Graduate Thesis Or Dissertation


A literary discourse on the evolution of gender & sexuality in the first & second waves of feminism : Charlotte Perkins Gilman's "The Yellow Wallpaper" deconstructs established gender roles as Willa Cather's "Paul's Case" reconstructs them Public Deposited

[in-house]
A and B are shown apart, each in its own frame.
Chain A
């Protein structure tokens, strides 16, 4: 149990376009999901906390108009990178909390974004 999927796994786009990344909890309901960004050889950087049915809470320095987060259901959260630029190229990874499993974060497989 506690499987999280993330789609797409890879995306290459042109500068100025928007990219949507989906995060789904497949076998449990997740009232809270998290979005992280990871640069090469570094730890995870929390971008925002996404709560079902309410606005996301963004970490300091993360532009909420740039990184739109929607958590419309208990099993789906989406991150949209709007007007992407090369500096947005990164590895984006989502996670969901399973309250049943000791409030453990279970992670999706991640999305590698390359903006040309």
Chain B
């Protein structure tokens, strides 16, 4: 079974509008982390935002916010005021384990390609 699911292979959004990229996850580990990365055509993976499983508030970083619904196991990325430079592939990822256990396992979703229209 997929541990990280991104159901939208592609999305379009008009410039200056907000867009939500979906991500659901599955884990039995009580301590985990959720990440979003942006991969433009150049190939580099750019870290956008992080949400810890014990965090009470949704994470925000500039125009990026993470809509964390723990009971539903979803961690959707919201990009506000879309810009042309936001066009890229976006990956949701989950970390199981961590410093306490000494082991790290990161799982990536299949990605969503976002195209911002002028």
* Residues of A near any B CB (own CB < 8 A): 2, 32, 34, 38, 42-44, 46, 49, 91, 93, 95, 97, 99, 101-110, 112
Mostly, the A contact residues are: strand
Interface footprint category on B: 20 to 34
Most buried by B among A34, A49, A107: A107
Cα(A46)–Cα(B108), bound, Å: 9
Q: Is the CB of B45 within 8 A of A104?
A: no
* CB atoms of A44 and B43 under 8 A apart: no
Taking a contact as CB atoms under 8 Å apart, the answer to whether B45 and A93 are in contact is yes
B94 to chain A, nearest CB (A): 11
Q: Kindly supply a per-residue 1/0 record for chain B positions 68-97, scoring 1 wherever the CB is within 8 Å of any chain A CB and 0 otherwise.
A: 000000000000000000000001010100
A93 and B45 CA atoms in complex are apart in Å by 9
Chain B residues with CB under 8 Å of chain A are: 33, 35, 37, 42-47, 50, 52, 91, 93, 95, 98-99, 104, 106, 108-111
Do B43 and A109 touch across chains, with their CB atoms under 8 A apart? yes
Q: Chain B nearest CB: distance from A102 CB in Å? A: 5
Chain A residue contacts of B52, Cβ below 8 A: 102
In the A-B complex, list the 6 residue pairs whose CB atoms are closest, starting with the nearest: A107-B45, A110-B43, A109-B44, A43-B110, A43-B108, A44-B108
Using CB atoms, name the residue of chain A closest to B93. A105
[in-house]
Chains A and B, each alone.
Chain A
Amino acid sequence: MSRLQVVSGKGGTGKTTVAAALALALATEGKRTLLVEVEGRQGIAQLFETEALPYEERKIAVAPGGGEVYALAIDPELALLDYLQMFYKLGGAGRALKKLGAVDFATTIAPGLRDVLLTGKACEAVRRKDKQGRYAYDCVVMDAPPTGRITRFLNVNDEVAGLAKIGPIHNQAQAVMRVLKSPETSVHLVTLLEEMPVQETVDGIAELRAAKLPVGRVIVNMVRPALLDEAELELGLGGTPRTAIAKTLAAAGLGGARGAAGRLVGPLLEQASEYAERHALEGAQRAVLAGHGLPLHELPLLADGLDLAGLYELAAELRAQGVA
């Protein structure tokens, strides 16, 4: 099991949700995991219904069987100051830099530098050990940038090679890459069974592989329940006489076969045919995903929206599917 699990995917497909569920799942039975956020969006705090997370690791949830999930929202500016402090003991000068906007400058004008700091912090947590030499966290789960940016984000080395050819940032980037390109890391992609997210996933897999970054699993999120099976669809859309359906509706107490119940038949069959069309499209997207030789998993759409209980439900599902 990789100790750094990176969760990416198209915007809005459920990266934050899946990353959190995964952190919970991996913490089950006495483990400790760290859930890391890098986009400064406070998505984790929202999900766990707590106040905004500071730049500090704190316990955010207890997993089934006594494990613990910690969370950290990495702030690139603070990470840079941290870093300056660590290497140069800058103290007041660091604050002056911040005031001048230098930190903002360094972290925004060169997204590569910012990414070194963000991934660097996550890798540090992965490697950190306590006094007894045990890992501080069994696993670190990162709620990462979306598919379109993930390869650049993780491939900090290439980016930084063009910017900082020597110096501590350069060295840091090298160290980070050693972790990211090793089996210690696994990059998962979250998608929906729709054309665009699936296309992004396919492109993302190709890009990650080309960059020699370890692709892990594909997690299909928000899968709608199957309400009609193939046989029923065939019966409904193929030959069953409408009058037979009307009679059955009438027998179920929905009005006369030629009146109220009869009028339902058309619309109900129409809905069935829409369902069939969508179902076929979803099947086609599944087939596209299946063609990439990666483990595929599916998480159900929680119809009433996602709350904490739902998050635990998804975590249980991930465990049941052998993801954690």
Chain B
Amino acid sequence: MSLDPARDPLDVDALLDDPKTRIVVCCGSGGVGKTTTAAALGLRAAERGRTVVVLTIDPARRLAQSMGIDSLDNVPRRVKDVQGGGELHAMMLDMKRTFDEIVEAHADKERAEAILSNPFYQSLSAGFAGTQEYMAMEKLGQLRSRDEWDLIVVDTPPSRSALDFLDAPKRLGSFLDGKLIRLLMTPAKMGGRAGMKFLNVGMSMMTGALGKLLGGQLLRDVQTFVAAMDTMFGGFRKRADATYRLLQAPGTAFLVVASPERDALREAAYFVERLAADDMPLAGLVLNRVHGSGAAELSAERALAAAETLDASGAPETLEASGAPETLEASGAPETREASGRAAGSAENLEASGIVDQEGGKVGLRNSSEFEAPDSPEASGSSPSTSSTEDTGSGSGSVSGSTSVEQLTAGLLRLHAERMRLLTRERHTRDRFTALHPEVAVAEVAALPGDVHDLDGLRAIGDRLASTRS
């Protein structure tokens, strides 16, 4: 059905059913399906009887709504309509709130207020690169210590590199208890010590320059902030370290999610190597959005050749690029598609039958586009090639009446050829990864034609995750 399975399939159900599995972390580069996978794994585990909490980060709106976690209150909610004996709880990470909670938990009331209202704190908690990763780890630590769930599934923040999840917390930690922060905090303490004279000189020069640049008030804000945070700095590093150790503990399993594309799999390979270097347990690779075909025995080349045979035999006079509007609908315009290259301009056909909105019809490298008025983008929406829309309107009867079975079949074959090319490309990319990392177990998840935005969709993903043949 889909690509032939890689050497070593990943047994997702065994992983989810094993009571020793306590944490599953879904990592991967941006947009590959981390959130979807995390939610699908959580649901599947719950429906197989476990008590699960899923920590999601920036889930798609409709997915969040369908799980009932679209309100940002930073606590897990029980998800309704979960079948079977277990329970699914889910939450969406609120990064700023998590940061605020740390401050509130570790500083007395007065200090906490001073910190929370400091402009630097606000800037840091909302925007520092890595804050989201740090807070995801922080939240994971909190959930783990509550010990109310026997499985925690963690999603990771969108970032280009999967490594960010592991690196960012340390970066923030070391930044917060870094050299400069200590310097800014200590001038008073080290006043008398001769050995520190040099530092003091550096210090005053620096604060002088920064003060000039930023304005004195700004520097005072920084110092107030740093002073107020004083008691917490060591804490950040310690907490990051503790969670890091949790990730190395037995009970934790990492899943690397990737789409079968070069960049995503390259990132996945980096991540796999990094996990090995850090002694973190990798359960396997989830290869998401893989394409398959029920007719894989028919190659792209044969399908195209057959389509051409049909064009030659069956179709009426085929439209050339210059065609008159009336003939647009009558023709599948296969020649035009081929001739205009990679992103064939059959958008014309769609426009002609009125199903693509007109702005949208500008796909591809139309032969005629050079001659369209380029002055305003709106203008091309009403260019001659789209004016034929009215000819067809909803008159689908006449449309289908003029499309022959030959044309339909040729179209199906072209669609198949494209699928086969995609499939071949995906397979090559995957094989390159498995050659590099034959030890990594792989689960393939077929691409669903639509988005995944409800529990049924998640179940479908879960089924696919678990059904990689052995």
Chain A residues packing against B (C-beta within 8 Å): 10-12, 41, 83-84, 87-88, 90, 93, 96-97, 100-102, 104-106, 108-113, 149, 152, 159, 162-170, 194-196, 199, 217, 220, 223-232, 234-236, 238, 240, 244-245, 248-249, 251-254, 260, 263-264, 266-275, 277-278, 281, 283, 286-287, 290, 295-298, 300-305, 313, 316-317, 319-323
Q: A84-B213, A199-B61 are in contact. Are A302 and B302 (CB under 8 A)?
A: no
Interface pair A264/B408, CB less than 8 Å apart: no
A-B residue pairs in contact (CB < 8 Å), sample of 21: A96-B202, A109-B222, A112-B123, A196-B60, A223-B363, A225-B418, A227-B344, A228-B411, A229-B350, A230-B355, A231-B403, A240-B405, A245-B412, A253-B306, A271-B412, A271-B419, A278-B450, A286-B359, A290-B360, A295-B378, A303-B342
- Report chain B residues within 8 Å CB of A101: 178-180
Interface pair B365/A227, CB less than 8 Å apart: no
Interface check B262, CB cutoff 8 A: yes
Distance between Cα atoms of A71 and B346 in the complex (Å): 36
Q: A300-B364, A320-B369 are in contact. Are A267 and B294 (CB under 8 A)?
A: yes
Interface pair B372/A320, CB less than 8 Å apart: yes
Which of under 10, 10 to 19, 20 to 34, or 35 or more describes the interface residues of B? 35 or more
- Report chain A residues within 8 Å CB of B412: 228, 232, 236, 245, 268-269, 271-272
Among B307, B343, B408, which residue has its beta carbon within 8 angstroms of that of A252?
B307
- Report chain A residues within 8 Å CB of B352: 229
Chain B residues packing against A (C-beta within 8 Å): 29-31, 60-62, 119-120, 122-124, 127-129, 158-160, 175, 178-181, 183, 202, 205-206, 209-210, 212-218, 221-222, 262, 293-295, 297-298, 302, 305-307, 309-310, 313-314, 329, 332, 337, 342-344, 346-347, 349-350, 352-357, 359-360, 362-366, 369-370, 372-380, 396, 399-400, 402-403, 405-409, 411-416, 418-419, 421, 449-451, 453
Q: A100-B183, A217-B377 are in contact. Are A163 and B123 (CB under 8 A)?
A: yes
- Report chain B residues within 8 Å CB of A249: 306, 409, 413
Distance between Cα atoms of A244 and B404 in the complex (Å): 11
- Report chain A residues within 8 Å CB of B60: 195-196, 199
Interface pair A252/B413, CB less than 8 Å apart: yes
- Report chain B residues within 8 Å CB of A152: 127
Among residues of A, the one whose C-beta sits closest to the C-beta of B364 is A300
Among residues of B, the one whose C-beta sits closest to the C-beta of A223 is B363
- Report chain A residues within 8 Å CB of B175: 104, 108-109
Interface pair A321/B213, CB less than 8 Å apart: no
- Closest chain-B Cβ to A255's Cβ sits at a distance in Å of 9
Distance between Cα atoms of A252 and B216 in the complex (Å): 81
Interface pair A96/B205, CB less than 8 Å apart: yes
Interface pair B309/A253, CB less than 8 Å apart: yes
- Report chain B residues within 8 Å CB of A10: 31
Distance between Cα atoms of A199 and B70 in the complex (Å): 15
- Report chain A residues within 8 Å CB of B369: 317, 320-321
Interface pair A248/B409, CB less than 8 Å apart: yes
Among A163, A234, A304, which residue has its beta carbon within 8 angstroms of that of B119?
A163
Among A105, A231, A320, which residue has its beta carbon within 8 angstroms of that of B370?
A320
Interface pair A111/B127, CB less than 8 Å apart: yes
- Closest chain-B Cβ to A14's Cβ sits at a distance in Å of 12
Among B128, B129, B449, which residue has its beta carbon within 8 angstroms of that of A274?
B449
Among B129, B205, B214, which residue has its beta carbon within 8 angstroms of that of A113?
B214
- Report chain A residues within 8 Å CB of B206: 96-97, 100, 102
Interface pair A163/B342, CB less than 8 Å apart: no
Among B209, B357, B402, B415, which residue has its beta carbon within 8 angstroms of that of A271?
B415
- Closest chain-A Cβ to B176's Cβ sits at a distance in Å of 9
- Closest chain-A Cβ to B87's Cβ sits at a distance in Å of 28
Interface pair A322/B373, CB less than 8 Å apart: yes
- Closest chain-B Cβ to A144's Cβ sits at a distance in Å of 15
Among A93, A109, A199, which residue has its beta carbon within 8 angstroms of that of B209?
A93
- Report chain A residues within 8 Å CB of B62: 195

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  • The two literary touchstones of Charlotte Perkins Gilman and Willa Cather examined in this thesis anchored a larger discussion of the discourse about gender and sexuality during the First and Second Waves of feminism in America. "The Yellow Wallpaper" by Gilman deconstructed the notion of "femininity" manifested at the turn of the century in America, while Cather's "Paul's Case" reconstructed the notion of "masculinity." Both Cather and Gilman wrote their short stories at the turn of the century in America during the First Wave of Feminism yet they resurfaced in discussions about gender and sexuality in the Second Wave of Feminism. Readings of both Cather and Gilman's writings have evolved with the First and Second Waves because their protagonists defied and undercut the established social norms enabling them to be re-examined much after their publication date. Although their writing styles are different, Gilman and Cather share a complex understanding of gender and sexuality that earmark the social position of women in America which can be interpreted by the most contemporary critics of present date. During the First Wave of Feminism, women discussed how their ability to reproduce contributed to unbalanced gender relations, caused middle and upper class women to remain confined to the household, and economically dependent upon their husbands. This devaluation of women's participation in valued economic work sickened many women and left them reliant on their physician's care as well. Challenging this social structure, Gilman recorded her experience after being diagnosed with neurasthenia by Dr. Mitchell, ordered to remain in bed for months while consuming fatty foods and with no support from friends. Meanwhile, Cather expressed her discontent with the social construction of gender in America by asserting a male character that reconsidered the established norms for men and women of Victorian America. When the Second Wave of Feminism emerged in America, the discussions about gender and sexuality reread these touchstone texts of Gilman and Cather as flexible visions of reality but in different discursive contexts depending on the social time frame in which they reviewed them. In the 1960s, the Women's Rights Movement and the Women's Liberation Movement generated most theoretical discussions on the condition of women themselves, the issues pertaining to women's confinement like establishing a political voice and the "problem with no name." While in the 1970s, discussions about gender and sexuality concluded that the "sex/gender system," also known as patriarchy, defeated their purpose toward complete liberation because of its economic structure aimed at benefiting men. Although they appreciated the notion of a collective voice for all women, the development of individual voices among women played a more significant role in the 1970's discourses about gender and sexuality. Because men have predominantly controlled the medical field, women in the 1970s, who wrote about gender and sexuality then, also attacked physicians like Dr. Mitchell who diagnosed women with strange treatments and also worked for the prohibition of the practice of mid-wifery in America at the turn of the century. Other critics of the 1970s decided that Cather's life reflected that of a lesbian, so that by the 1980s, literary discourses involving gender and sexuality began asking questions about the purpose of Cather and Gilman's writings. If female authors like Cather and Gilman lived such politically conscious lives, then why did they not create narratives that reflected their political agendas? After questioning their narratives, some critics decided that Cather and Gilman carried a "duplicitous nature" or a twofold message in their short yet complex stories. This duplicitous style of writing explained how that by the 1990s discussions about gender and sexuality had evolved into the "crafting of characters" that resulted in "gender performances," and one acting out one's gender. While First and Second Wavers fought for the elimination of binary gender divisions and a balance in gender relations that supported the economic development of all women in America, Cather and Gilman's writings facilitated discussions during both Waves that contributed to the reasons why the social construction of gender and sexuality did not result in equal human treatment, and should therefore be reconstructed. The literature concerning women during the First and Second Waves of Feminism can be summarized as a tactfully-formulated, continuing rumination on the question of the nature and genesis of women's oppression and social subordination, and how to change its effects on the future of the human race. What started off as strictly constructed and enforced gender roles in Victorian America evolved into gender performativity in the latter part of this century. This socio-sexuo evolution lies within the protagonists' discontent and total rebellion in Gilman's "The Yellow Wallpaper" and Cather's "Paul's Case," whose stories both surfaced at the turn of the 20th century in America, when socially-conscious citizens inspected these rigid Victorian ideals, and whose stories later resurfaced again during the Second Wave of Feminism at the middle to end of the 20th century, when individuals re-enacted these same socially constructed gender roles, and deconstructed them. Lather's "Paul's Case" functions as a touchstone of her short fiction that even Cather agreed valued notice, since she only allowed it to be reprinted of all her other stories. With consideration toward conducting future research, a more thorough examination of say The Professor's House and A Lost Lady as well as My Antonia to explore more glimpses of Cather confirming this fluctuating, non-conforming, even elusive authorial approach toward gender and sexuality that has made her reputation outlast herself, should reveal even a deeper sense of her literary complexities. Gilman's utopian novels, Moving the Mountain, Herland, and With Her in Ourland, that came after "The Yellow Wallpaper" deserve a closer look in the same respect as she struggled to portray the possibilities and barriers facing a woman who attempted to combine love and work. The movement in Gilman's writing progressively develops the possibilities and highlights the key barriers for a woman: female resistance to social change and male incomprehension concerning the necessity for love and work in a woman's life. She visualized the transition from the present to the future as one of internal conversion to an egalitarian society. This is a dual process of women awakening to their own interior power and men renouncing oppressive power structures as individuals and as a society. Perhaps too this is why Gilman, like Cather, switched to a male narrator in order to express her utopian vision.